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From New Zealand, and on Sundance Now, a Mystery Series with a Twist
December 4, 2019  | By David Hinckley
 


Detective Sgt. Jessica Savage knows all about playing hurt.

In the opening scene of The Gulf, a six-part New Zealand crime mystery series that becomes available Wednesday on the streaming service Sundance Now, we see Jessica and a man being whipsawed around the inside of a car that has just plunged into the water.

We soon learn that the man was her husband and that while she survived this brutal accident, he did not.

As Jessica recuperates in a hospital bed, gulping pain pills, a police colleague visits with startling news about a case Jessica worked five years earlier.

A young boy named Nathan, who disappeared in that case and was presumed dead, has turned up alive. His whereabouts over the previous five years, alas, remain a mystery, since he seems to have turned feral. He is afraid of everything and does not speak.

Even before the extent of Nathan's PTSD is clear, Jessica (Kate Elliott) has checked herself out of the hospital, though not without ensuring she has a good supply of morphine. It hurts her to move and even to breathe, but she's not letting this case go. The cops blew it five years ago, she says, and she's determined that won't happen again.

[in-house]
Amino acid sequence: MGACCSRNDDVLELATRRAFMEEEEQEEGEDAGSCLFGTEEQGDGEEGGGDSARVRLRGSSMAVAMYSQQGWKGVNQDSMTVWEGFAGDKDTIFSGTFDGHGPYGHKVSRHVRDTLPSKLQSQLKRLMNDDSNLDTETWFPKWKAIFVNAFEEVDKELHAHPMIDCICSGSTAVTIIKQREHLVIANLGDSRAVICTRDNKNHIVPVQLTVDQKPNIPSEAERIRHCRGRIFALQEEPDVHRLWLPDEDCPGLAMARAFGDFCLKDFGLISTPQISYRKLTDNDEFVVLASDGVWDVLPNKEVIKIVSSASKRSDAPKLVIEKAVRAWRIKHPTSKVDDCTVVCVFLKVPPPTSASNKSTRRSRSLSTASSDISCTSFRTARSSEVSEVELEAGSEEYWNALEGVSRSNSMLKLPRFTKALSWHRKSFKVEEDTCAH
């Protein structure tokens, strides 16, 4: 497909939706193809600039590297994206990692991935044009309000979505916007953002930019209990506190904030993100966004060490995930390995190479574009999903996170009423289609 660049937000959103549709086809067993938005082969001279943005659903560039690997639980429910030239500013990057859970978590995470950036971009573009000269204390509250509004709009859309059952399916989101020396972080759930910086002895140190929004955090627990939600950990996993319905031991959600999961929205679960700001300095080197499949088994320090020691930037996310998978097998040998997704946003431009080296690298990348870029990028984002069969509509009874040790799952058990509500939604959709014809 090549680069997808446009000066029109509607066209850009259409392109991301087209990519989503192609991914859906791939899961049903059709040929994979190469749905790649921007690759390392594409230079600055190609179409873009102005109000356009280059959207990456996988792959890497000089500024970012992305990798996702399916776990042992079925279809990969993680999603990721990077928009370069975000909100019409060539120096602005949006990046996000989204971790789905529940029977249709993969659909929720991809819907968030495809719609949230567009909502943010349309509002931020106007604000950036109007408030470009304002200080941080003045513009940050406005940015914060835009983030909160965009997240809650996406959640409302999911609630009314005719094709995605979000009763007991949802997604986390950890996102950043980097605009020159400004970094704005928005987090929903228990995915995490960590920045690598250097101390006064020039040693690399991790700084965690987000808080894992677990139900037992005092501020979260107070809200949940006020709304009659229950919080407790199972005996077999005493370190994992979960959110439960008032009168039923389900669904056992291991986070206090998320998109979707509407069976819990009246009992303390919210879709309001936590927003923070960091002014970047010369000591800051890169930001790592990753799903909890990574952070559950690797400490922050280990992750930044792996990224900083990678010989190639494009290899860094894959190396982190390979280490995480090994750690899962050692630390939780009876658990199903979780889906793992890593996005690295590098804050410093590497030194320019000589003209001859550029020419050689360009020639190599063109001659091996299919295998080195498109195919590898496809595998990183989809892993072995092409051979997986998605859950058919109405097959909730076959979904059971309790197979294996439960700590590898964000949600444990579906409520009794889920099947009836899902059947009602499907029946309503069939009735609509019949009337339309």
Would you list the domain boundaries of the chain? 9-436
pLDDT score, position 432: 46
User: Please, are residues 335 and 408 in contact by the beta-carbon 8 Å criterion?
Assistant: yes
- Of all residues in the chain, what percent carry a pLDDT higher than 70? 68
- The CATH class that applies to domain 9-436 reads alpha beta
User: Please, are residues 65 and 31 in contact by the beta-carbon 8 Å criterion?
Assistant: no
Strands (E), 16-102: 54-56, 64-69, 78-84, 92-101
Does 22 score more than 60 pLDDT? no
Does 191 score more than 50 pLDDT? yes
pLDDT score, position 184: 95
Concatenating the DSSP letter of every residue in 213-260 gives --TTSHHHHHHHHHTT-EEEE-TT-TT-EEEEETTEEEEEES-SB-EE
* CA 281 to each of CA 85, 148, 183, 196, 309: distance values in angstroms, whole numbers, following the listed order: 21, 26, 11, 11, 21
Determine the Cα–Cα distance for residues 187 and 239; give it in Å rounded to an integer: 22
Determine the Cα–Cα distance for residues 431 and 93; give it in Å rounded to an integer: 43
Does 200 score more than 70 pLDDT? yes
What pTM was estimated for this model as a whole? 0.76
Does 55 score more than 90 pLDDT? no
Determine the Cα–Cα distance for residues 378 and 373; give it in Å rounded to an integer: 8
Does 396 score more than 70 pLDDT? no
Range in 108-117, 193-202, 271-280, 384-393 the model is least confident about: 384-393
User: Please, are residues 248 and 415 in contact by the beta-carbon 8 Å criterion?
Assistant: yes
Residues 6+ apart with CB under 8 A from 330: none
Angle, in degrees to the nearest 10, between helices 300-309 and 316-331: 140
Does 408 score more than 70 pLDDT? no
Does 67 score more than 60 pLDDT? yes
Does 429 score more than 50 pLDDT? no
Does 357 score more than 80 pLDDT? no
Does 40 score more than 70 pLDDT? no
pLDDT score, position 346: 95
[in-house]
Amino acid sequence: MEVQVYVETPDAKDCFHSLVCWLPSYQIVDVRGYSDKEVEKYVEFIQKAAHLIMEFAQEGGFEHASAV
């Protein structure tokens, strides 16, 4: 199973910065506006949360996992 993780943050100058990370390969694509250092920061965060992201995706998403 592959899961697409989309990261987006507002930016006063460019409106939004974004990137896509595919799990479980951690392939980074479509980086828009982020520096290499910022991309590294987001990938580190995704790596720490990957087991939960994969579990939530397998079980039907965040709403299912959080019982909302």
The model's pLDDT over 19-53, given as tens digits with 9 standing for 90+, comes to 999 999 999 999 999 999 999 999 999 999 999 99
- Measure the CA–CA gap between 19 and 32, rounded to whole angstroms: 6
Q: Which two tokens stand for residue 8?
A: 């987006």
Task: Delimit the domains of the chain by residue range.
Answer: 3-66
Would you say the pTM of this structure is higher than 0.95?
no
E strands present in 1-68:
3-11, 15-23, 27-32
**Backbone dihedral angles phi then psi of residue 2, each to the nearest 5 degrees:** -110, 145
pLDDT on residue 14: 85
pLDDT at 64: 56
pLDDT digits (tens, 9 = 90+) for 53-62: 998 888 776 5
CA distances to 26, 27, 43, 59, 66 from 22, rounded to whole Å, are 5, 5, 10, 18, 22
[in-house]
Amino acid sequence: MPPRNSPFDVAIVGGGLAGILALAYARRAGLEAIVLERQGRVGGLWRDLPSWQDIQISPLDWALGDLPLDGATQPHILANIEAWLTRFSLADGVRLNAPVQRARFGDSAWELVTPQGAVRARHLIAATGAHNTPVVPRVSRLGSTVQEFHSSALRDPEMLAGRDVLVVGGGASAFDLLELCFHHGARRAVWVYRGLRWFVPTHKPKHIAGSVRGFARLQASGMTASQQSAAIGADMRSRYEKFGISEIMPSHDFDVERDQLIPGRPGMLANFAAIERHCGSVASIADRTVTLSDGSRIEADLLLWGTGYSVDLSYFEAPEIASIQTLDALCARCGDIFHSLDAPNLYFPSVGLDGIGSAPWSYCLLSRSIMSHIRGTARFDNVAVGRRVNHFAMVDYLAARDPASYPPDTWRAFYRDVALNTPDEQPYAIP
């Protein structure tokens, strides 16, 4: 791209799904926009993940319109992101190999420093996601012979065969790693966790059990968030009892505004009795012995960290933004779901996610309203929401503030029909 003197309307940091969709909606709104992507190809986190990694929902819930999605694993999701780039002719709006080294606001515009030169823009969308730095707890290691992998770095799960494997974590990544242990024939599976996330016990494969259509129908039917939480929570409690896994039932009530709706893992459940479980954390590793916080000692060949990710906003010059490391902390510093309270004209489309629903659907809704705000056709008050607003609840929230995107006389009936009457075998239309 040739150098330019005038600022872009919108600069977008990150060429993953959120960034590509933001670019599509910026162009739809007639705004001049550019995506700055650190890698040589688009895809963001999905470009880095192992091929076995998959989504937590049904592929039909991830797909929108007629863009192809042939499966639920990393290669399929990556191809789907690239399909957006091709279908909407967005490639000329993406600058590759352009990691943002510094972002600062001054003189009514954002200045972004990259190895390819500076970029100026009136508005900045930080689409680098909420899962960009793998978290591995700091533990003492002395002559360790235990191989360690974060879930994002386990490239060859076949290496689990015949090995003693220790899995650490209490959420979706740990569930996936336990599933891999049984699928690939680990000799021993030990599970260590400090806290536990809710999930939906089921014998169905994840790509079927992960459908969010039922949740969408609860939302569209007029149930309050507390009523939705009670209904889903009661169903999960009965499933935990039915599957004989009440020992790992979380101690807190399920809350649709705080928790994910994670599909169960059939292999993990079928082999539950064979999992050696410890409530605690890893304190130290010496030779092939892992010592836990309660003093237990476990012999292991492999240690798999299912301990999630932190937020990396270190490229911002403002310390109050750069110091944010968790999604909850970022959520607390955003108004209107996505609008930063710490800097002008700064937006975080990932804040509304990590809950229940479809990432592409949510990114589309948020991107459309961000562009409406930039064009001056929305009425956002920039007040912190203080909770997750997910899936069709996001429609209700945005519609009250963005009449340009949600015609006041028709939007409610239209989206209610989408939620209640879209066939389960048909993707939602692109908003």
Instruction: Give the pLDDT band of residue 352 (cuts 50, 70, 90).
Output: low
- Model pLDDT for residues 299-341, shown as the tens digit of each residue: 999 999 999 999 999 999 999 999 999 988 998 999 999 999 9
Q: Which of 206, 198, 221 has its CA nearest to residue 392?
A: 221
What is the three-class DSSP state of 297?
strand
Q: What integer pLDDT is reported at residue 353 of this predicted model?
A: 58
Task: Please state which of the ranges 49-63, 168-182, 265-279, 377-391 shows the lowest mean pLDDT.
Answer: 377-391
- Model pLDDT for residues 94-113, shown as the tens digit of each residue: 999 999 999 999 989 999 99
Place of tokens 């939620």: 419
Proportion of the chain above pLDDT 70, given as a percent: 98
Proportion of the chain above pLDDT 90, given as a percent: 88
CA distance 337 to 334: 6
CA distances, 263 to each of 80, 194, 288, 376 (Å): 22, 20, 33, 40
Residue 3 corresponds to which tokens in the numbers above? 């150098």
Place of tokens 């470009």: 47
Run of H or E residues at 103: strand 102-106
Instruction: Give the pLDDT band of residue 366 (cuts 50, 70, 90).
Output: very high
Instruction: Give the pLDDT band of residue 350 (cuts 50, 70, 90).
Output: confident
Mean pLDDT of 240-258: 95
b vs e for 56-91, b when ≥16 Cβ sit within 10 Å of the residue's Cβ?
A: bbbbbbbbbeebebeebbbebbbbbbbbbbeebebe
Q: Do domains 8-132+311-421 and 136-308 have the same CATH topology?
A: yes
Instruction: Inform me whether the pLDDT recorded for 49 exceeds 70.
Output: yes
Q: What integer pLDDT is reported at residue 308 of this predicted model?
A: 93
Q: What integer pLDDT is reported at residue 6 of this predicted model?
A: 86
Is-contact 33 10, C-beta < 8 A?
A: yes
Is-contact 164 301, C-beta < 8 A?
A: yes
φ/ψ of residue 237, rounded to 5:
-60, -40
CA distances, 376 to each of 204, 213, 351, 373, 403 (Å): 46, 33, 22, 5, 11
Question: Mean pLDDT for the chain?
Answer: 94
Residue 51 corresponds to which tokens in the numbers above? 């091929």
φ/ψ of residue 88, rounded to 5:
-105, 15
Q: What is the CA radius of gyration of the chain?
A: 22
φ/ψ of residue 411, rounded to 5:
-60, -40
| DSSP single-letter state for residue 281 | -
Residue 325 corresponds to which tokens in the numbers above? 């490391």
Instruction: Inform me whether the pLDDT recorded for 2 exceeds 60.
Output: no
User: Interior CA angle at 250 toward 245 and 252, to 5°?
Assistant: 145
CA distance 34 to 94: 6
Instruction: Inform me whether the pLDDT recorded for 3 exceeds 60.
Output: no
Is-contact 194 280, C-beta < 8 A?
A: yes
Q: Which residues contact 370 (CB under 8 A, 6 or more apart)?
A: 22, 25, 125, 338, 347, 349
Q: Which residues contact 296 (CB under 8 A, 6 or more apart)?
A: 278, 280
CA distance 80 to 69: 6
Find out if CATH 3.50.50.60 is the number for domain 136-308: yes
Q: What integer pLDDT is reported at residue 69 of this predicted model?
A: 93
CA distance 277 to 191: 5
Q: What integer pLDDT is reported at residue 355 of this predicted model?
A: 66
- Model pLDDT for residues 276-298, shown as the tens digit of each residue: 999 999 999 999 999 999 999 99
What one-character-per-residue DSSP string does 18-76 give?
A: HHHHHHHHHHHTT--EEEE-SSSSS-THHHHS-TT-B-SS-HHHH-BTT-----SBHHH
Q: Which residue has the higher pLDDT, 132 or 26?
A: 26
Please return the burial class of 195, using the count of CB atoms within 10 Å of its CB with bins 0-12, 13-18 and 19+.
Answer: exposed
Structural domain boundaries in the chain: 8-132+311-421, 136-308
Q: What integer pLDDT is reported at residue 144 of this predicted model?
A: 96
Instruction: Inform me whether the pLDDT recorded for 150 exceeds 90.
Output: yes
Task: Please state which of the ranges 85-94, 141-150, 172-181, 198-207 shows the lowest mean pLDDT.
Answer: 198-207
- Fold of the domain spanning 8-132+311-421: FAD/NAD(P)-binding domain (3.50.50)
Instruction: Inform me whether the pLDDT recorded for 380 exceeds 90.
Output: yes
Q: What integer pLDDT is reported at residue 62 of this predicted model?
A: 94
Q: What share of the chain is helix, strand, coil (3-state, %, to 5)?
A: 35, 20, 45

That's not an easily achievable goal. Nathan, behind the wall of a protective child psychologist and an angry father, is no help in accounting for his lost time, or what happened to him on the school trip from which he disappeared.

Jessica also faces internal police challenges. She's not the easiest person with whom to work, and she has the added problem of having lost much of her short-term memory in the accident. It will come back, but meanwhile, her confusion on key points frustrates other cops, who in turn become reluctant to follow her investigative lead.

This being a crime drama and all, naturally there is an ominous backstory about Nathan's disappearance. Naturally, the people involved have been hoping it would stay buried permanently. So those bad people create obstacles for Jessica, some of them potentially lethal.

By spinning out the story over six episodes, revealing details one deliberate leak at a time, The Gulf invites comparisons to shows like Broadchurch and The Killing.

The prominence of a troubled lead female law enforcement officer feeds into those comparisons, which are not unfounded.

Happily, the writing is also in that league. The Gulf is a mystery in the best sense, as viewers are also tasked with figuring out what happened. A large cast weaves its way through the story, with familiar complicating characters like Jessica's teenage daughter Ruby (Timmie Cameron).

Ruby has the usual quotient of adolescent resentment and exasperation, which doesn’t make Jessica's challenges any easier. It does make their pursuit more entertaining for those of us at home.

 
 
 
 
 
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